Step Nine is an action step in which we become humble enough to verbalize our regrets, if appropriate, to the people we’ve harmed. Identifying the persons we have harmed in Step 8 took courage. Because of our thoroughness, we build character by calling upon our Higher Power for the courage to change the things we can. We cannot undo our past and we cannot expect those we approach to respond positively, but we can admit our part and do whatever is possible to mitigate the consequences of our past errors.
In making amends, we need to understand that we’re not necessarily making an apology. There are differences between amends and apologies. In making an apology, we usually say, “I’m sorry” expecting a response of acceptance, pardon or forgiveness. In making amends, we may state our errors, our role in the incident and that we will correct their behavior for the future. We may or may not ask for forgiveness, and we may or may not experience a positive response. In many cases our changed behavior indicated stronger amends than words can ever be. If we have any expectation of the response to amends, we’re setting ourselves up for disappointment.
Which people on my list do I need to make direct amends to first? What’s stopping me? All of my prior spouses and a few girlfriends. With the exception of my daughter's Mom (we are divorced and have remained close friends because of our daughter) it would open old wounds to re-establish contact and, while it may soothe my soul, it would harm theirs. To much water has already flowed under the bridge. I never was physically abusive nor was I verbally abusive. I suffered control and approval issues and took it out on them emotionally. I did step 9 once before while going to therapy to fix myself and direct contact hurt them more than I intended. Even though my daughter's Mom and I are friends, I will tell her again I am sorry for all the distress I caused her.
How can I plan what I am going to say in my direct amends to be clear and concise and to avoid blaming any other person? I already have during my therapy to fix myself to be a better person. I do not blame the people I have harmed
What doubts do I have about my amends injuring someone? Can I discuss these doubts with my sponsor? Pray to be guided? Write about them? I have already written about them in my journal and in my books
What are my motives for making amends? Am I willing to accept the outcome, whatever it may be? My motive is to acknowledge my faults so I do not make the same mistakes again. I have already accepted the outcomes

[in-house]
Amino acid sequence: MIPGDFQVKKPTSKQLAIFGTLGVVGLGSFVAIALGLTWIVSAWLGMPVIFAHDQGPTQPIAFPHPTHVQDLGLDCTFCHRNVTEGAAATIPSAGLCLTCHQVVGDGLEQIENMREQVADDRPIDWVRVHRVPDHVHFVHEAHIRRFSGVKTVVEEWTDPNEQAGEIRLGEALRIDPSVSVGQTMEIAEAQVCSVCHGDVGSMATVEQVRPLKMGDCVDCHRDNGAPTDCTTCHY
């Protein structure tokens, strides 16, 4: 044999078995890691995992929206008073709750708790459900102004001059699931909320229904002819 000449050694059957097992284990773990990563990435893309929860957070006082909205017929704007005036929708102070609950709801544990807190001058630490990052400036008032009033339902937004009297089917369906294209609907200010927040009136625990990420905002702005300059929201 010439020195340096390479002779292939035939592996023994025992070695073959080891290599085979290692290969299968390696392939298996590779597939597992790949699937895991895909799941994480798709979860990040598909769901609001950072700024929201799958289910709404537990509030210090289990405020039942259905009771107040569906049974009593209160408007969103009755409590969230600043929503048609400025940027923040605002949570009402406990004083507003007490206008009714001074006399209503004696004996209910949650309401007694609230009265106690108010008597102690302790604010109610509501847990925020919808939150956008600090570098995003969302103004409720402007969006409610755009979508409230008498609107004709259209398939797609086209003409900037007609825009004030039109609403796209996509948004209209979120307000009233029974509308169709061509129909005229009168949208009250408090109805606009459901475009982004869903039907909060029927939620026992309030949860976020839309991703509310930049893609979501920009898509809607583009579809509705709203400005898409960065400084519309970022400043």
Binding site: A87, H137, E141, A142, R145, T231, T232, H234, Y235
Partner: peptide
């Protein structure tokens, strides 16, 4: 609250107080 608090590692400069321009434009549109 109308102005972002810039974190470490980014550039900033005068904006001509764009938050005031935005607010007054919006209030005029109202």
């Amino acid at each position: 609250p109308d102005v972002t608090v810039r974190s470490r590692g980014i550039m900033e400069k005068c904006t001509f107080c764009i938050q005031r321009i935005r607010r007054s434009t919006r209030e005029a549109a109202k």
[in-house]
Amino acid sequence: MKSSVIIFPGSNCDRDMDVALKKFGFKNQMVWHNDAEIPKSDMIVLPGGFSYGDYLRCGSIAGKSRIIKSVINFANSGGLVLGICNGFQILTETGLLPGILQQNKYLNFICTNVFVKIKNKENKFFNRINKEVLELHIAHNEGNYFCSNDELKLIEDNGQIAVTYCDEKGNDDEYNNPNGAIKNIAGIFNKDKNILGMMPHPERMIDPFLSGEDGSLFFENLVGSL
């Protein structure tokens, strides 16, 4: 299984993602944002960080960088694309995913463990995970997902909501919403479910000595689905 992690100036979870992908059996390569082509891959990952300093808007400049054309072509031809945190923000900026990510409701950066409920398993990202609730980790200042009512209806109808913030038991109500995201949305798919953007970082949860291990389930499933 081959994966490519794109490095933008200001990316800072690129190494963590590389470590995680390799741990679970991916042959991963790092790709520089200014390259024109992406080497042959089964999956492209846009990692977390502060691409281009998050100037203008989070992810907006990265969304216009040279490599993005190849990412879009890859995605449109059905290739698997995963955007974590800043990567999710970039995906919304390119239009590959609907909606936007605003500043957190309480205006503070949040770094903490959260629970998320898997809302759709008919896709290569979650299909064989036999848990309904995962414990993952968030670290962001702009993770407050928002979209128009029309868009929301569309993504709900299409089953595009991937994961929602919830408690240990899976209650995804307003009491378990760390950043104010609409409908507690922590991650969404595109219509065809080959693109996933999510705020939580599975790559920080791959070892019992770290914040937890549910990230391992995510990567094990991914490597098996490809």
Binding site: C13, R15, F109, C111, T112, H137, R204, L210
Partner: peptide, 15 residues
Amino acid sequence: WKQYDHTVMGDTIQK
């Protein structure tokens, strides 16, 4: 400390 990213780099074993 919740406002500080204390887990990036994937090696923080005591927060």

What is the difference between an apology and making amends? Which amends will be best done by changes in my behavior? An apology presumes some sort of reaction from the other person...either a rejection or acceptance. Making amends is the change in me that makes sure I don't ever make the same mistakes again; that I no longer possess those defects that caused harm to others again.
How can I be sure I am not just ducking an embarrassing situation? I trust this step study and I have already dealt with this question in therapy. The harm I have caused in others is greater than my potential embarrassment.
What amends am I putting off? Why? I am putting off the actions I would like to do for others at the shelter and the soup kitchen because I am too busy taking care of my ill wife. So my amends, at the moment, are ridding myself of the negative emotions from this task. I made the choice and so it's wrong of me to do to her what I have done in the past just because of her alcoholic behaviour.
Do I have any amends to make that could result in serious consequences for my family, like loss of employment or a prison term? How can I use my sponsor or a trusted friend to help me sort these things out? No
Who on my amends list will never be available for direct amends? Can I make amends in another way? Can I do something for another person? I can take the mistakes of my past to be a better person to my wife today and myself
What harm have I done to my children or immediate family? Can I make some amends by respecting them now as adults? I have already made amends to my daaughter. We have a wonderful relationship now. She is 29 years old.
Am I willing to pray to become willing to make amends in the future?
How can I forgive myself for all the difficulties I have caused myself? What can I do this week to begin my amends to myself? I can continue with loving detachment.
Could I write an amends letter to myself? I already have
When I have finished this action step, what can I do to celebrate? Have I remembered to appreciate and reward my good deeds? The good deeds of others? For the first time since I arrived here, I smile every day. I look within myself knowing I am doing the best I can. I am my daughters greatest cheerleader. When the alcohol is talking to me I remember that there is a wionderful person behind that demon and I am the husband of that wonderful person. "Hope is a good thing, maybe the best of things, and no good thing ever dies."
(The Shawshank Redemption 1994)